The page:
WETA is doubling up on dining coverage in the coming months, expanding on one program that looks into local restaurants from a historical perspective, and readying another based around deploying guest critics to judge each other’s go-to eateries.
Kevin Harris, vice president and station manager at WETA, told Eater that Neighborhood Eats, which is scheduled to premiere, Friday, May 5 at 8:30 p.m., is the food-focused companion to an earlier project, WETA Neighborhoods. Whereas the latter touched on some of the restaurants located within the featured areas — in this case, Anacostia, Capitol Hill, Dupont Circle, and Georgetown — Harris said the debut Neighborhood Eats showcases places that help define each local dining scene. The roster of can’t-miss hospitality ventures includes the flagship Hank’s Oyster Bar, Beuchert’s Saloon, and Baked & Wired.
Harris said his team is already in pre-production on round 2, compiling a list of candidates located in the Southwest waterfront; Adams Morgan/Mount Pleasant; the Del Ray section of Alexandria, Virginia; and Silver Spring, Maryland. “We hope that the neighborhood series is an ongoing process,” Harris said, citing plans to unveil the next chapter of Neighborhood Eats in late summer or fall of 2017, and airing round 3 — which is tentatively set to explore Brentwood; Columbia Heights/Petworth; Falls Church, Virginia; and Foggy Bottom — some time in 2018.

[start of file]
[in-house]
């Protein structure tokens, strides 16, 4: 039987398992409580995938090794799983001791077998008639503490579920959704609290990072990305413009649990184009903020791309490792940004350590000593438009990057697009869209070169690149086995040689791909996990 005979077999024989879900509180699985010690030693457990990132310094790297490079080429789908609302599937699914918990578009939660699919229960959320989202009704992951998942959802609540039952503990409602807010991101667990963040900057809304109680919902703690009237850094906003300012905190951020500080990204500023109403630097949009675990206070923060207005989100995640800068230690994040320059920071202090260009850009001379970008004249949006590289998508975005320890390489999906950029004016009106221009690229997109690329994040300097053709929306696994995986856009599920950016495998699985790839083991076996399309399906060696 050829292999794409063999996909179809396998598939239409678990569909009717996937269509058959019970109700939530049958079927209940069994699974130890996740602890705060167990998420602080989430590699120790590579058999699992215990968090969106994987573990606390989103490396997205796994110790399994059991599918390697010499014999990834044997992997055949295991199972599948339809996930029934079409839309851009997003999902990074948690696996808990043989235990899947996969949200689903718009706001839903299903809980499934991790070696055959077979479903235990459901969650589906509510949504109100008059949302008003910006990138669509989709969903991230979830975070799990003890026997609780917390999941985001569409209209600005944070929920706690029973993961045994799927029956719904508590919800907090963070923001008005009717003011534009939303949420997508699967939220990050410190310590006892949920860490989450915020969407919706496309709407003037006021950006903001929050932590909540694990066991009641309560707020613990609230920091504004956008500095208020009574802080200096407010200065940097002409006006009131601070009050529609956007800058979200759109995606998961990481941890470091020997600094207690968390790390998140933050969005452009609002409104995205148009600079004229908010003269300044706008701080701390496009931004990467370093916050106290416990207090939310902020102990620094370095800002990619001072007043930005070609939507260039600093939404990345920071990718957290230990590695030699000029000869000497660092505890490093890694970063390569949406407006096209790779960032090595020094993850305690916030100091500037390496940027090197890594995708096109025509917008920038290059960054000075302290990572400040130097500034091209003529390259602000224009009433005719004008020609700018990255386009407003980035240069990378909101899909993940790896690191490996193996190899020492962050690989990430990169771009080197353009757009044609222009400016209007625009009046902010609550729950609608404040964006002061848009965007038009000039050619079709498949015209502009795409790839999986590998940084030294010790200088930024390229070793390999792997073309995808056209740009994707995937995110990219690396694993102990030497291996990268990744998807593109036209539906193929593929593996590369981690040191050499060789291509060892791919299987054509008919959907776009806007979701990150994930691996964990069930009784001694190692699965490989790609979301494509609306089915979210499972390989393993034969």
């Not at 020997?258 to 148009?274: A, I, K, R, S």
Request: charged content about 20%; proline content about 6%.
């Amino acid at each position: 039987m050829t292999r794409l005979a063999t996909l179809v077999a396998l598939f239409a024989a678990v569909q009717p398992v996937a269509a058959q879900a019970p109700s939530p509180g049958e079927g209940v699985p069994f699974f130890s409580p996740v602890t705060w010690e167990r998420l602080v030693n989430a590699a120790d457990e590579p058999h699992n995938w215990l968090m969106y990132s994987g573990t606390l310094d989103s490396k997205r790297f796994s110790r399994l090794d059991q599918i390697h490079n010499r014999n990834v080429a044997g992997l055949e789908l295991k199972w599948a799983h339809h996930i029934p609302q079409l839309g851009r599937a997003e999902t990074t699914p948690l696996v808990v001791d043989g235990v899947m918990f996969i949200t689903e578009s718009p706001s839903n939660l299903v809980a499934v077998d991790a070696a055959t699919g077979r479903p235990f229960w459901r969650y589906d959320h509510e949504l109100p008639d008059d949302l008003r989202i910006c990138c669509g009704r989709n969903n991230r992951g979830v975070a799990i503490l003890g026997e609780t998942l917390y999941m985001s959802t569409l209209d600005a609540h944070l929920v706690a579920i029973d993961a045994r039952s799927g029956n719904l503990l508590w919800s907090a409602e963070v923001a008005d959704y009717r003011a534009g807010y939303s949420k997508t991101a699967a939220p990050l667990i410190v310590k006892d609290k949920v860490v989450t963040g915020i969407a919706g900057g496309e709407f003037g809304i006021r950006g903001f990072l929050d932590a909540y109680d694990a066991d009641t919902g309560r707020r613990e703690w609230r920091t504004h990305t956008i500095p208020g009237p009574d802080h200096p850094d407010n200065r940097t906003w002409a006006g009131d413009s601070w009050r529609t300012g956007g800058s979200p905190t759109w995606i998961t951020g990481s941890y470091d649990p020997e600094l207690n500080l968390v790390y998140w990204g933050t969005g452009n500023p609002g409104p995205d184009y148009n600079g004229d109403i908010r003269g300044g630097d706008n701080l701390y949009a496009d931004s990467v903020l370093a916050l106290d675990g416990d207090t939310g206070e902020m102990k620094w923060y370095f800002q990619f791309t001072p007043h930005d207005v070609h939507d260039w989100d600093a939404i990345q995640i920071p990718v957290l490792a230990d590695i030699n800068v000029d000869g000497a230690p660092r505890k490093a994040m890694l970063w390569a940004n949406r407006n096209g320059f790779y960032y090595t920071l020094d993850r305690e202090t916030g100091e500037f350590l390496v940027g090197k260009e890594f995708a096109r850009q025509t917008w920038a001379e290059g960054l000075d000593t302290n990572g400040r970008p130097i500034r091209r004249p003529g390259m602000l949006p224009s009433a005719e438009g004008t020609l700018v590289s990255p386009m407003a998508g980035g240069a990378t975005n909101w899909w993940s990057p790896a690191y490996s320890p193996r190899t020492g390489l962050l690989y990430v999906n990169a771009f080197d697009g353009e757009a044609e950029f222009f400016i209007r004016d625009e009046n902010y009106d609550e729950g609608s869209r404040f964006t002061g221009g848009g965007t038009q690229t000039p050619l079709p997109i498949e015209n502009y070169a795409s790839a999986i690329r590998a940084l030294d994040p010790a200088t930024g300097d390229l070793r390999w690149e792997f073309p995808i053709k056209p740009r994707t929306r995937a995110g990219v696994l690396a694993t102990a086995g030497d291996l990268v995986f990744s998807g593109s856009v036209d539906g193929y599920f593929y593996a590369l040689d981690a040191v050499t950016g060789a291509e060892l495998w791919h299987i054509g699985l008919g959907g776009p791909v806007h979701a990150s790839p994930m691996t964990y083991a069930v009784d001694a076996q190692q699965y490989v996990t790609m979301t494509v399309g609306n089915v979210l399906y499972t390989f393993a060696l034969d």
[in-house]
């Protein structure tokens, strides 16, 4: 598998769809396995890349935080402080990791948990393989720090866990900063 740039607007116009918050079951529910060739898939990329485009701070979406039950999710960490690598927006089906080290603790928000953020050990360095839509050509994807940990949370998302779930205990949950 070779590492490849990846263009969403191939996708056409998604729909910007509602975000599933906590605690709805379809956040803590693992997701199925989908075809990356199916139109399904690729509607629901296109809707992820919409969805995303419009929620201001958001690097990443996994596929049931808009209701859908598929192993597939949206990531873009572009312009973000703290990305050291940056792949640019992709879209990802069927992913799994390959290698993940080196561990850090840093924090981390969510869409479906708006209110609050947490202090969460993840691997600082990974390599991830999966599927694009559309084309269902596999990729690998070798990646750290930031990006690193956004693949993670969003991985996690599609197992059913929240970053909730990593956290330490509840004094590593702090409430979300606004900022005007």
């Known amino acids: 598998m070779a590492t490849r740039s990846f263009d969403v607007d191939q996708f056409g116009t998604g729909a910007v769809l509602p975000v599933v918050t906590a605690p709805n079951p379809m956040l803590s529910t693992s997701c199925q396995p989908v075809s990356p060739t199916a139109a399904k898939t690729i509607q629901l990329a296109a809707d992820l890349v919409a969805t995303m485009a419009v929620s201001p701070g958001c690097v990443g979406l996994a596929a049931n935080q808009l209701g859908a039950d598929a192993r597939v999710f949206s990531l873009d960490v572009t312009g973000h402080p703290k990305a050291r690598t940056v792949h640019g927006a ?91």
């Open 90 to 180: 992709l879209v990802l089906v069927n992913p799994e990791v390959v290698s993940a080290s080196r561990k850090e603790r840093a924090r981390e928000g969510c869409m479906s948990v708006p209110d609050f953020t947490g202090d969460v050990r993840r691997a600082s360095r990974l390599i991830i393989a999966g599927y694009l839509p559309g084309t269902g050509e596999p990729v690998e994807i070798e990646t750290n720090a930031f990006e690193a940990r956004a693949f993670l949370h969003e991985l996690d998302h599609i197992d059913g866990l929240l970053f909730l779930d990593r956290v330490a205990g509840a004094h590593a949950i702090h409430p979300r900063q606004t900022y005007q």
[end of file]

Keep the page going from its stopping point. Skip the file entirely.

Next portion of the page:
The public broadcaster is hopeful that the seemingly insatiable appetite for food programming can also sustain Check, Please!, a restaurant-related show that’s proven successful in other markets. A trio of rotating “citizen reviewers” steers the action, with each panelist offering up a favored dining destination. The other two are then dispatched to size up the recommendation, and all three establishments are then dissected with the help of the show’s hospitality minded host.
“We want regular people to come on because they are going to show us restaurants none of us know about,” Harris said of the guiding principle behind the community-driven critiquing. He told Eater he would prefer to recruit individuals (the application process is now open) with no professional ties to the restaurant world in order to provide an unfiltered view of the metropolitan area.
“No one knows who they are. They don’t go together. They just go and eat,” he said.
That anonymity, though, may prove fleeting.
At least it proved so in the case of the local politico that in 2001 went to bat for the since-shuttered original Dixie Kitchen & Bait Shop. That armchair tastemaker: then-Illinois state senator Barack Obama.